Defensive coordinator Mel Tucker will see the biggest pay raise with of $900,000 to bump his total pay up to $1.5 million. That would make him one of the top assistant coaches in assistant coaching salaries. Based off last year’s USA Today salary database, Tucker would be the fifth highest-paid assistant coach, and that may even be higher now given some of the offseason changes in the assistant coaching pool. Last year, four assistant coaches received a total pay of at least $1.5 million, and three of them were in the SEC (LSU’s Dave Arranda and Matt Canada, and Texas A&M’s John Chavis; Clemson’s Brent Venables was the outlier).

Keeping in line with another growing trend when it comes to power conference programs and how much money is budgeted for the football staff, Georgia will give strength and conditioning coordinator Scott Sinclair a $150,000 raise from his previous contract of $300,000.

What has not been finalized, publicly at least, is what the future holds for the contract of Smart. After a wildly successful season, Smart is expected to receive a raise as well as Georgia continues to build something special under his leadership after just two seasons. Smart was paid a base salary of $3.75 million last year, according to USA Today’s salary database, which made him the 9th highest-paid coach in the SEC in 2017. That is fair, considering Smart was a first-time head coach and other coaches in the conference had more head coaching experience, but Smart has quickly proven himself among his peers in the conference and is likely to move up the SEC coaching salary ranking quite quickly. Nick Saban (Alabama) and now Jimbo Fisher (Texas A&M) may still be on another playing field in terms of salary, but Smart should manage to move up closer to the high-end of the SEC salary spectrum.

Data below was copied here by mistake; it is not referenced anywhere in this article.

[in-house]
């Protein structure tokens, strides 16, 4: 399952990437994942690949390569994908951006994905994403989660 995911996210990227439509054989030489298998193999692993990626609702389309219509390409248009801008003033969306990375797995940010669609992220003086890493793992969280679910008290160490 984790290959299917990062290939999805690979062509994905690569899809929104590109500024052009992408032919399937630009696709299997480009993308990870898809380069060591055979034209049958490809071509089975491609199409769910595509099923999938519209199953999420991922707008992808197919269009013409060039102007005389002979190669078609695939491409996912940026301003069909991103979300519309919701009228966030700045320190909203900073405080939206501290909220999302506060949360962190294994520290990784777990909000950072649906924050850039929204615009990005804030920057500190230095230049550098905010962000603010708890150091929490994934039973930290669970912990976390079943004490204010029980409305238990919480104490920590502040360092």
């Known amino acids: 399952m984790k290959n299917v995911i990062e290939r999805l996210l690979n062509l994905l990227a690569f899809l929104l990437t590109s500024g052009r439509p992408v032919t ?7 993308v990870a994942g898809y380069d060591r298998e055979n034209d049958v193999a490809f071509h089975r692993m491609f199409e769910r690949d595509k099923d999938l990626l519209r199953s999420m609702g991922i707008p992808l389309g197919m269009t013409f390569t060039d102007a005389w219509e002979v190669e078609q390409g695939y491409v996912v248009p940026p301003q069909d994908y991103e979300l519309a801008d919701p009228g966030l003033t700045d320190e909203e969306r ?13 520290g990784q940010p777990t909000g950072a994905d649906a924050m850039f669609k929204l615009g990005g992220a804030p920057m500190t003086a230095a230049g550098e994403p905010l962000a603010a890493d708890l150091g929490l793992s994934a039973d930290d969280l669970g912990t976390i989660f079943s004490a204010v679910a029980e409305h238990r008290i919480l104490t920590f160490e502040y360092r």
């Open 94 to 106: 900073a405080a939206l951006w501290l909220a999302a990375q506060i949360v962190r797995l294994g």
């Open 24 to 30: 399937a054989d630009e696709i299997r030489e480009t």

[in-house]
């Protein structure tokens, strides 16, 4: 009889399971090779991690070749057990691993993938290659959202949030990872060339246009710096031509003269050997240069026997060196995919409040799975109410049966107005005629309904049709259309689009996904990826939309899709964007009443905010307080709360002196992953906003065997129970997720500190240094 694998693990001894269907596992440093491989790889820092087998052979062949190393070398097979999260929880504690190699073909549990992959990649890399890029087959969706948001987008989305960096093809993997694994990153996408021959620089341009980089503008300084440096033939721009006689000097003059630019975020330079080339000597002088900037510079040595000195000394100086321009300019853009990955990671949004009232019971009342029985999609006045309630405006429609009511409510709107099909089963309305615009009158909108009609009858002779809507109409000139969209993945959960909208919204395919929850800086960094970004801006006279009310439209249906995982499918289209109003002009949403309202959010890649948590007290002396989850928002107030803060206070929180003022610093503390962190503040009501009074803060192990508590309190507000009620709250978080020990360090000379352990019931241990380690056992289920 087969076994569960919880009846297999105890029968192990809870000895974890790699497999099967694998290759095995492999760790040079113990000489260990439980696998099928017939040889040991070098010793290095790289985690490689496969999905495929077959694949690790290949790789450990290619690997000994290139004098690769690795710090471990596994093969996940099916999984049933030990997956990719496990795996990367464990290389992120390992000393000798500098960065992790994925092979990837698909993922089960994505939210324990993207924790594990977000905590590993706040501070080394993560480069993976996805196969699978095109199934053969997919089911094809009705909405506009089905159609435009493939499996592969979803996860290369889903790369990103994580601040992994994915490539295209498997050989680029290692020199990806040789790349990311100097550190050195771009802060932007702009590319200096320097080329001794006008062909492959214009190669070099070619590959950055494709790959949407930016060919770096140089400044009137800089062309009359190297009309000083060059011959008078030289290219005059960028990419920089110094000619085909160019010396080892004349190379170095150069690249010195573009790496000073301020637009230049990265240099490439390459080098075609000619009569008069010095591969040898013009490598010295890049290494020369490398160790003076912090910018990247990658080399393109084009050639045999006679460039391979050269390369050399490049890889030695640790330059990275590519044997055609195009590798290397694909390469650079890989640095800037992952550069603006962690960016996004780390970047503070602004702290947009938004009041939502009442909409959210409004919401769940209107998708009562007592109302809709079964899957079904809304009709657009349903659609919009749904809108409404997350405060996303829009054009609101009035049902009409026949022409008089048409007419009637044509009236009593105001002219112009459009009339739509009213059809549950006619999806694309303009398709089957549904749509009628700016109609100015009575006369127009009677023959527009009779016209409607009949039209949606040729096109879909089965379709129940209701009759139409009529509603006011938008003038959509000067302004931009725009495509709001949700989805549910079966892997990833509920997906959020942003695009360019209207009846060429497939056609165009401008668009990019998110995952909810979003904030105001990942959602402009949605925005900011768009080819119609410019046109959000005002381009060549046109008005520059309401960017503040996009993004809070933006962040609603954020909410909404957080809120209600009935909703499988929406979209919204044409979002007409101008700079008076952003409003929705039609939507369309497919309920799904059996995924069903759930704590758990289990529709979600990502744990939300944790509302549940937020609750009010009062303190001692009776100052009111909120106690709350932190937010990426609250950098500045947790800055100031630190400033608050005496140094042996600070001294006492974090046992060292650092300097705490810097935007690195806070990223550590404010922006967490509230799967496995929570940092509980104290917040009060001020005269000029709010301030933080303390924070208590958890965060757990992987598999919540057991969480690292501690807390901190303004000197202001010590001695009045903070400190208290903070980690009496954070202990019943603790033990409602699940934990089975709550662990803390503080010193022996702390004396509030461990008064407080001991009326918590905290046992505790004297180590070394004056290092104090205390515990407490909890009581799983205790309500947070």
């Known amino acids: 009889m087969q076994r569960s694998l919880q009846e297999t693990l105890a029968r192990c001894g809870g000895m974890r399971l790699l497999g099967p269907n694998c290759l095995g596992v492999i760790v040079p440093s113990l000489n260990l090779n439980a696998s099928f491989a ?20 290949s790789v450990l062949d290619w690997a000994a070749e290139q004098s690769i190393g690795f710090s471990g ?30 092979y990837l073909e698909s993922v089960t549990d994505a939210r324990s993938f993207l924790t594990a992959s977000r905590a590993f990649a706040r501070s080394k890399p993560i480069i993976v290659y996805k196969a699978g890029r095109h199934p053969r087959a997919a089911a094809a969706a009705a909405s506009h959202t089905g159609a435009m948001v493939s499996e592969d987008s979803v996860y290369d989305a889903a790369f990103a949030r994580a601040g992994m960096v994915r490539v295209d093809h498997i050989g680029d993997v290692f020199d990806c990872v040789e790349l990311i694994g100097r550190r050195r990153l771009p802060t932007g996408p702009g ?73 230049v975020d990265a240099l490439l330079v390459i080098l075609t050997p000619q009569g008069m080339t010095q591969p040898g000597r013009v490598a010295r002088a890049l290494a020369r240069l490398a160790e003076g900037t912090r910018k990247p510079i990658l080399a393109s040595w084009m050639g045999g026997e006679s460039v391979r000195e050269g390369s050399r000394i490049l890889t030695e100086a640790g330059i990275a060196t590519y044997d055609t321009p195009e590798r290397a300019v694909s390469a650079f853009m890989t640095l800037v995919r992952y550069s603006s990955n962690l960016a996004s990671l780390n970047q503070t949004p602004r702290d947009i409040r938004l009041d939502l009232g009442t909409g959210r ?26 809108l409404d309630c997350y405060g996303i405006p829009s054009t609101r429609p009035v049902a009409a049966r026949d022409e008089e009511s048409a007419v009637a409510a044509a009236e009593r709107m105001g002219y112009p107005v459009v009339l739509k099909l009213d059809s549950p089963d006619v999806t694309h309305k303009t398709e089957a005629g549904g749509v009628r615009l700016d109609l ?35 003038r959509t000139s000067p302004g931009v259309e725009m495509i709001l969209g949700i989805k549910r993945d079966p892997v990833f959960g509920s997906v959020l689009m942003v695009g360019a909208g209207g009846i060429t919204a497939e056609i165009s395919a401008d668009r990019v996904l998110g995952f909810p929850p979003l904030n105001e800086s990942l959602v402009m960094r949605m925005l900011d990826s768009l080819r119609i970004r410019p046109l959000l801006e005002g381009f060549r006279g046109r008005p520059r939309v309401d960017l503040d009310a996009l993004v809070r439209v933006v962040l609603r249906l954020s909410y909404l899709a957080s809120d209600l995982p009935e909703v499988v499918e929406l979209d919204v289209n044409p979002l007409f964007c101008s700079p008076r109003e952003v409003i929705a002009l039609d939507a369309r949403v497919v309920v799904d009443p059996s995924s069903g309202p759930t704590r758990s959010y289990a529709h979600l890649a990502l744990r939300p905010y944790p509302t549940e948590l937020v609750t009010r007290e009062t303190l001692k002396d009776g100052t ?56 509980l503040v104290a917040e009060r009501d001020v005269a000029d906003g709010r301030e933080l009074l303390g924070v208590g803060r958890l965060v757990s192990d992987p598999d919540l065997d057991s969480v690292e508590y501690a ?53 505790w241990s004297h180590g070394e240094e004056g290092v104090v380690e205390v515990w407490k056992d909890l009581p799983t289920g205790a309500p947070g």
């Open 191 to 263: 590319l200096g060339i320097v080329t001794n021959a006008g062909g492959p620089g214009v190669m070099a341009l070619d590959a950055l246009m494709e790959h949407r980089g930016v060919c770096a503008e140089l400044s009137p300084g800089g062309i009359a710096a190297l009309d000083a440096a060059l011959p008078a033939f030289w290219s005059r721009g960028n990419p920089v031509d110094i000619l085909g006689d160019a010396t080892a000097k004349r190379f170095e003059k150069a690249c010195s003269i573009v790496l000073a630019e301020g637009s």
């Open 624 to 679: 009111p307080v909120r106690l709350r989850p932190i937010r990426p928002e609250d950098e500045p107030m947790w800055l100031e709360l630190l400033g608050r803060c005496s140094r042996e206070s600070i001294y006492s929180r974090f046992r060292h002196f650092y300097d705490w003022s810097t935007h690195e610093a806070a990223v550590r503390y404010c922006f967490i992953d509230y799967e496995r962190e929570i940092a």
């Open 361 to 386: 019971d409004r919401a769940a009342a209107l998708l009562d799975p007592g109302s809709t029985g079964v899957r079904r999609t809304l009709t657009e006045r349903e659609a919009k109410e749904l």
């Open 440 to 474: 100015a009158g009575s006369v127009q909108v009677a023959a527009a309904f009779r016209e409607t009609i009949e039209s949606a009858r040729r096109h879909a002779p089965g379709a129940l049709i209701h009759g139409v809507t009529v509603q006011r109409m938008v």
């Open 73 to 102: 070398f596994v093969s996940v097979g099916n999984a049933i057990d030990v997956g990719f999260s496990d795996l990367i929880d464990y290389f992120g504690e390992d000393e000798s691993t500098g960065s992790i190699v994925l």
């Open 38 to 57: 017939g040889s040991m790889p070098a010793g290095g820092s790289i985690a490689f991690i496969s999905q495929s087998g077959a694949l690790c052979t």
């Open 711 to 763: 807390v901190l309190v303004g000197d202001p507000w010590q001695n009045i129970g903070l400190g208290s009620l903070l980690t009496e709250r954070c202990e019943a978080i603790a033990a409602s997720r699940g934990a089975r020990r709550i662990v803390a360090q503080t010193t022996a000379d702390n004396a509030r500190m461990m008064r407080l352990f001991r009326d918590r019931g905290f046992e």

Purdue raises $388,000 in beer and wine sales at football games